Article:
almost exclusively rejected their traditional music and have learned almost European
music. Since then more than a hundred years have passed, but it is still the case
that rhythm and scales remain the same. The core of Japanese musical education is
still European. Nowadays for the younger generation Japanese traditional music is
so strange that it is incomprehensible to them. I think that this is the worst problem
in Japanese musical education.
I have already mentioned the characteristic of the concept of pitches and pitches
are very flexible. But that is not true, because musical artists rather disliked using
the same pitches in ensemble and good players aimed to play with slightly varied
pitches and tempo. This is called "Heterophony", and you can hear it in "Gagaku" ,
the old court music. Gagaku has no conductor and the players used to ensemble slightly
differently in pitches and the times.
Japanese rhythm is very different from European rhythm. We refer to this by the
two Japanese terms, " Ma " . The term "Ma" is a/the(??) most important concept in
Japanese musical tradition. In the "Ma " there are no tones, but this concept is not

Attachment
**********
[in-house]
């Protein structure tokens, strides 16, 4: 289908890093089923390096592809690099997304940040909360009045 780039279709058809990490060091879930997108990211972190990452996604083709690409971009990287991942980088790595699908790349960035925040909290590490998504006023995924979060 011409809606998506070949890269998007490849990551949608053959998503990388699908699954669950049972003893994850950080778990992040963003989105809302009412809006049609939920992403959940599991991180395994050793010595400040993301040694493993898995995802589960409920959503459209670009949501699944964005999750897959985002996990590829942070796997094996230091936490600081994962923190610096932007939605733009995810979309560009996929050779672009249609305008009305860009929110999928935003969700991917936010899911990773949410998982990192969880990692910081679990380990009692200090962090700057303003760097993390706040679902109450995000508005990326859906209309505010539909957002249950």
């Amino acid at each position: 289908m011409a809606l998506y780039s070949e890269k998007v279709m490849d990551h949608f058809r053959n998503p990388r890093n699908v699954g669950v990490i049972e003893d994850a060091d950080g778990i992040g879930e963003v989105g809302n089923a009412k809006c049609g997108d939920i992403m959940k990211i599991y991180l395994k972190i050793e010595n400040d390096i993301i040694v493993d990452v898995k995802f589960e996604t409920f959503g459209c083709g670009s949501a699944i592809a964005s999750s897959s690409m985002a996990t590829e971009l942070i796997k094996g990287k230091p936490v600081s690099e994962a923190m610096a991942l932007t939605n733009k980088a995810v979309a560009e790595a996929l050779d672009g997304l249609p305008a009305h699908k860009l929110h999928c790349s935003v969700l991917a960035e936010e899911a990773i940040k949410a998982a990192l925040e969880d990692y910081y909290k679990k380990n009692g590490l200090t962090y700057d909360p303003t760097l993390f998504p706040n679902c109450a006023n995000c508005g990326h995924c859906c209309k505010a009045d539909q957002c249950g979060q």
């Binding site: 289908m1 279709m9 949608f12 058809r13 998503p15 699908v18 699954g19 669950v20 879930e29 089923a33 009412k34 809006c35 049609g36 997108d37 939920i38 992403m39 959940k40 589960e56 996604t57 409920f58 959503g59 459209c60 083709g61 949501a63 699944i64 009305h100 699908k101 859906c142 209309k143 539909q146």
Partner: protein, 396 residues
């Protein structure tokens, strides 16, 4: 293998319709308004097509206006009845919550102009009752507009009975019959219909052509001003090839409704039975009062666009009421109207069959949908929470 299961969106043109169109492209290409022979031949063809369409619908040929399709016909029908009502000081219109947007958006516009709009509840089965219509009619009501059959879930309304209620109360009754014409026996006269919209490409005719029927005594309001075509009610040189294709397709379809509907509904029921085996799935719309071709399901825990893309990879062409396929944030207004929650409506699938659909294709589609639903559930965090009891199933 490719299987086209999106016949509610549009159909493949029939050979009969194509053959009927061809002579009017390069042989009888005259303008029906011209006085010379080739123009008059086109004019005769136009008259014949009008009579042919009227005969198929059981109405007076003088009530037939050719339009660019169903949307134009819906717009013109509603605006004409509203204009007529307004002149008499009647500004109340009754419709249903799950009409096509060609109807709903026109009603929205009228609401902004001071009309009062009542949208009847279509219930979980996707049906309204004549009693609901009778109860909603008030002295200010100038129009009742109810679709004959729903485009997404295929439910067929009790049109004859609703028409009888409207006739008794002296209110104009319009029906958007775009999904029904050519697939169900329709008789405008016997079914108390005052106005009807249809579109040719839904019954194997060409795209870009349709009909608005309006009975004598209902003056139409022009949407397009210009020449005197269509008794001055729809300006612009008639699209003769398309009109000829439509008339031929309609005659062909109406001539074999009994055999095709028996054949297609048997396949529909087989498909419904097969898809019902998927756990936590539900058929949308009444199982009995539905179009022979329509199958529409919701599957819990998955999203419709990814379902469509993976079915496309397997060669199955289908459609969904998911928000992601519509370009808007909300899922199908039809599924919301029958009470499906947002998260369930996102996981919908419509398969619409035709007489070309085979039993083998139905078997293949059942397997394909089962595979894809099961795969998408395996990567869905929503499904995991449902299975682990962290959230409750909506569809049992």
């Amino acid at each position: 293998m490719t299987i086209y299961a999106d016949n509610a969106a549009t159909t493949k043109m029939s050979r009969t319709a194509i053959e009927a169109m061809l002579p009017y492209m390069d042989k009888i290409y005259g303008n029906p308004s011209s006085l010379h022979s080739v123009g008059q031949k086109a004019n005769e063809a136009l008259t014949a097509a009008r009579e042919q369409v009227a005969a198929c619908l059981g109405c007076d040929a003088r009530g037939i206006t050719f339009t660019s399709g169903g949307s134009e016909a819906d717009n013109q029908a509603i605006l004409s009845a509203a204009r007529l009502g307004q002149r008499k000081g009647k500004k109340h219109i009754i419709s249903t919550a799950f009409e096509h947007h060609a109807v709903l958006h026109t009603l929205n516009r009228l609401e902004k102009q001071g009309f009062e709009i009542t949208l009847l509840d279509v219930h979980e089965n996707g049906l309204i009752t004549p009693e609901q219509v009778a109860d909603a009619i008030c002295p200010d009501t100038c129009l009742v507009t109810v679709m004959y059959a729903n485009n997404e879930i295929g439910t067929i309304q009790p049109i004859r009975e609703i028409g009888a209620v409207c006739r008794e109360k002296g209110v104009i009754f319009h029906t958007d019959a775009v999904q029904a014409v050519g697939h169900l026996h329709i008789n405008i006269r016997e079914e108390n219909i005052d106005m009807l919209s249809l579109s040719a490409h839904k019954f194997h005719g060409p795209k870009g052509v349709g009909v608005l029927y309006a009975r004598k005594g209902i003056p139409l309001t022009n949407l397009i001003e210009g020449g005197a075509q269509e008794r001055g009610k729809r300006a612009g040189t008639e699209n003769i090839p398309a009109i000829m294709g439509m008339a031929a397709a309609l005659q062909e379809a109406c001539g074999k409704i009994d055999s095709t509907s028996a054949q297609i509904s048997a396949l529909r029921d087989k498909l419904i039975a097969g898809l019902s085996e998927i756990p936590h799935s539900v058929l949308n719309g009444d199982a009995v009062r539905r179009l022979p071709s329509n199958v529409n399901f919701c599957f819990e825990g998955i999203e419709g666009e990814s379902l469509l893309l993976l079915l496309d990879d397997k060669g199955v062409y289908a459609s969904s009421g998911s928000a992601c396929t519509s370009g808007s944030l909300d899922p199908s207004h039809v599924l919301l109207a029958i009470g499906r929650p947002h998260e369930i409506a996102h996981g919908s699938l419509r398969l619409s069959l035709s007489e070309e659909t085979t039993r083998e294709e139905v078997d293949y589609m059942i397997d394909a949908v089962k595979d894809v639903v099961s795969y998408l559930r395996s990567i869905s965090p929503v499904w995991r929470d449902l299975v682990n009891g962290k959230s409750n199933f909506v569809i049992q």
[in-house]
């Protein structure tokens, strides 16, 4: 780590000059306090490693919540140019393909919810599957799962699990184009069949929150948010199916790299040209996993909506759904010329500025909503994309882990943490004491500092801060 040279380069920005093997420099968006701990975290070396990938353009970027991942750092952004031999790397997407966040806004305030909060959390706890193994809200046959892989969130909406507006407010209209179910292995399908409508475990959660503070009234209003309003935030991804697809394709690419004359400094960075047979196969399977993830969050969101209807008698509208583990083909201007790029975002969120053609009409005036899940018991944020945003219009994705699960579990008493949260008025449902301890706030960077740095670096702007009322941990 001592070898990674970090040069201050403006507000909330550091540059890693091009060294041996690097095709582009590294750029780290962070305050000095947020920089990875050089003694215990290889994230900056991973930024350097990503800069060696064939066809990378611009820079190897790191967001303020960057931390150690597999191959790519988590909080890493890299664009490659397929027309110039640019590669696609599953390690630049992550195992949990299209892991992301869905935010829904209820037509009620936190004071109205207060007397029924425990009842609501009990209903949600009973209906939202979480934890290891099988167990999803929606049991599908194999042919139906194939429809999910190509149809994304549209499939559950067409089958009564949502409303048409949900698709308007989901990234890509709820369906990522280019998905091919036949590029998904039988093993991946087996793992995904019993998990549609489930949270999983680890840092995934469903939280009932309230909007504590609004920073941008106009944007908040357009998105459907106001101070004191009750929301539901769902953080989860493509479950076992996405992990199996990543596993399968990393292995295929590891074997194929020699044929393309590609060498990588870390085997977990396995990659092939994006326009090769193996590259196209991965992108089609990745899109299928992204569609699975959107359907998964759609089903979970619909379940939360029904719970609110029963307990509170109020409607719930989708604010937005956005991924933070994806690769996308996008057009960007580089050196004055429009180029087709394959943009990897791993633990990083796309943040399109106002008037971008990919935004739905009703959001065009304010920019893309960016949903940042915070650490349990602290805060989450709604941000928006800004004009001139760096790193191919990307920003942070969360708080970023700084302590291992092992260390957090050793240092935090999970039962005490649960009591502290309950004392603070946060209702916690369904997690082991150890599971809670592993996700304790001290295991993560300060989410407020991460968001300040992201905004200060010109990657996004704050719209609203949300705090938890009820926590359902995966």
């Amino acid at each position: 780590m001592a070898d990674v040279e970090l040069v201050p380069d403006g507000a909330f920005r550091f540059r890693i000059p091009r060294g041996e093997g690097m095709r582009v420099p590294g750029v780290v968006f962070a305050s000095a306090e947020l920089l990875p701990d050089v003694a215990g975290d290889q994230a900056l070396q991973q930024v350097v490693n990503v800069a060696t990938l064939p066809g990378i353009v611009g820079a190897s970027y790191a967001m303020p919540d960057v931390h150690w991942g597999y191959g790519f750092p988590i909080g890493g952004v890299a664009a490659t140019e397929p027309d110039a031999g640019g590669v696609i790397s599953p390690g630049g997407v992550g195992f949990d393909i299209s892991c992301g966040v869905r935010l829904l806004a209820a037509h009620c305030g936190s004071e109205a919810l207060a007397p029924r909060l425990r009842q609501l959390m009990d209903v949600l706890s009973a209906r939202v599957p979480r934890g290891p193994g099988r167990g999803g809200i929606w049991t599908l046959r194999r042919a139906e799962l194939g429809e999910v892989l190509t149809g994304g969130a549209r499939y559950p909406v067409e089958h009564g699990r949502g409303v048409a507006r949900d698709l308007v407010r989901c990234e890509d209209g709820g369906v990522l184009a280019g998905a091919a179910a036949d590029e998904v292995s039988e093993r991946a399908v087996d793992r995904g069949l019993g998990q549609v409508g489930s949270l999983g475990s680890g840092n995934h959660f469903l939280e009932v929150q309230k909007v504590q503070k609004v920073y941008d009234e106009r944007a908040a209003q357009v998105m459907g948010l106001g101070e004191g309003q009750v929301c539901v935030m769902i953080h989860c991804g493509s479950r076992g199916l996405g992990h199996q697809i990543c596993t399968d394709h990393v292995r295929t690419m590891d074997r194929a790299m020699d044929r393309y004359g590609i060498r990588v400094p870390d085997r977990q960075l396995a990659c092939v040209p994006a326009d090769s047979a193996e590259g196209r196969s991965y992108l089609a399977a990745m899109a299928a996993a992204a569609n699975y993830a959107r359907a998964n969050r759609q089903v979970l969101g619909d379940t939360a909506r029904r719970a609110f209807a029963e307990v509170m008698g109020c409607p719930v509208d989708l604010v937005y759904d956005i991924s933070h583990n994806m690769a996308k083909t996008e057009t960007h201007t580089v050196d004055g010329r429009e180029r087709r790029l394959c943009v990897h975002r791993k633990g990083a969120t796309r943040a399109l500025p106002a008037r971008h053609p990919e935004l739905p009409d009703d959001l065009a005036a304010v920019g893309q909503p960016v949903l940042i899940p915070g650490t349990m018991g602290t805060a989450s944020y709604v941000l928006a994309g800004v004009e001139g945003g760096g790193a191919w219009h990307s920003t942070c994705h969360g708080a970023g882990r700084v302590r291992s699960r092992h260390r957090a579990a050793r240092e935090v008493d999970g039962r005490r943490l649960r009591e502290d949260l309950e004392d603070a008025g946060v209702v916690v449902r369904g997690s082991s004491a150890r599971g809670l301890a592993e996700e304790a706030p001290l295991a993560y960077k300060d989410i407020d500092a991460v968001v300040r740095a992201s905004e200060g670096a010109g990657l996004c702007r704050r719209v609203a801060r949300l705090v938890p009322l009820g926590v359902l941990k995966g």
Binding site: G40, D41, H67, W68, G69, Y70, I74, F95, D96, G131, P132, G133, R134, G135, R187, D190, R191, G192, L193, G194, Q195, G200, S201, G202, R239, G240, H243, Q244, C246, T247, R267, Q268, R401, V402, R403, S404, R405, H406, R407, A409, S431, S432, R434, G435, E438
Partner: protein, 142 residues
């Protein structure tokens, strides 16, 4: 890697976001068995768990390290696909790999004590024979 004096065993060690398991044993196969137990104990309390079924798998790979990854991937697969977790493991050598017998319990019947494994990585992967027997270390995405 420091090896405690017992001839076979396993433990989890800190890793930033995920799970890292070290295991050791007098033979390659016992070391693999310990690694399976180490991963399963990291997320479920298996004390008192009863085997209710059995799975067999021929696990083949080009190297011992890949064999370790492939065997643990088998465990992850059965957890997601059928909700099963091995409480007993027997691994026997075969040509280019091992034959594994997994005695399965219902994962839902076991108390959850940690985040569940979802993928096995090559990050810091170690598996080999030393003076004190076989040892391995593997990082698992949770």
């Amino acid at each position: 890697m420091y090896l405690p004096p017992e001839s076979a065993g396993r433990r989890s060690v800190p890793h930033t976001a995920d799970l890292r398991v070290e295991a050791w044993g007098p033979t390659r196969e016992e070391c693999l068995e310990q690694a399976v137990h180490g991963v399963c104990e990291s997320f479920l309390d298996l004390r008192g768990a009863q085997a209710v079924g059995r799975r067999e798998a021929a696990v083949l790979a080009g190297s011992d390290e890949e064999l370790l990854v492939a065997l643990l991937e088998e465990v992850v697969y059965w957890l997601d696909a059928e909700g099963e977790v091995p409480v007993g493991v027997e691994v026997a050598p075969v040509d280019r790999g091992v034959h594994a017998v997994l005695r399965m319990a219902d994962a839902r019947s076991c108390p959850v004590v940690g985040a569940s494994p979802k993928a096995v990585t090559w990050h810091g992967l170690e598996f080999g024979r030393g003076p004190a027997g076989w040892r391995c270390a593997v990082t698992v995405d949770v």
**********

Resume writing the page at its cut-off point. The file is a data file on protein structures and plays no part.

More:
completely different from the European rest. The "Ma " is silence , but the player
should create the silence which is full of meaning. The feeling of the beats is very
different from European beats. That is called " Omote ma" and "Ura ma". Literally
"Omote" means " that which is on one side", and "Ura" means "that which is on the
other side". Measure is treated as something equal, it is, of course, linear, but
there is no sense of hierarchy of stress as in European music.
Concerning musical taste, in olden times, Japanese listened to the sounds of
nature as music and not as mere noise. For example, the "Syakuhachi", or bamboo flute,
imitated the sound which blew through the bamboo grove. If we wish to write down one
"Syakuhachi" sound in staff notation, we write just only one note, but it contains
many pitches and sounds. This is characteristic of Japanese taste in music. The
Japanese best "Syakuhachi" players aimed to achieve a sound which could succeed in
embracing nature, life, emotion and philosophy in one whole. "November steps"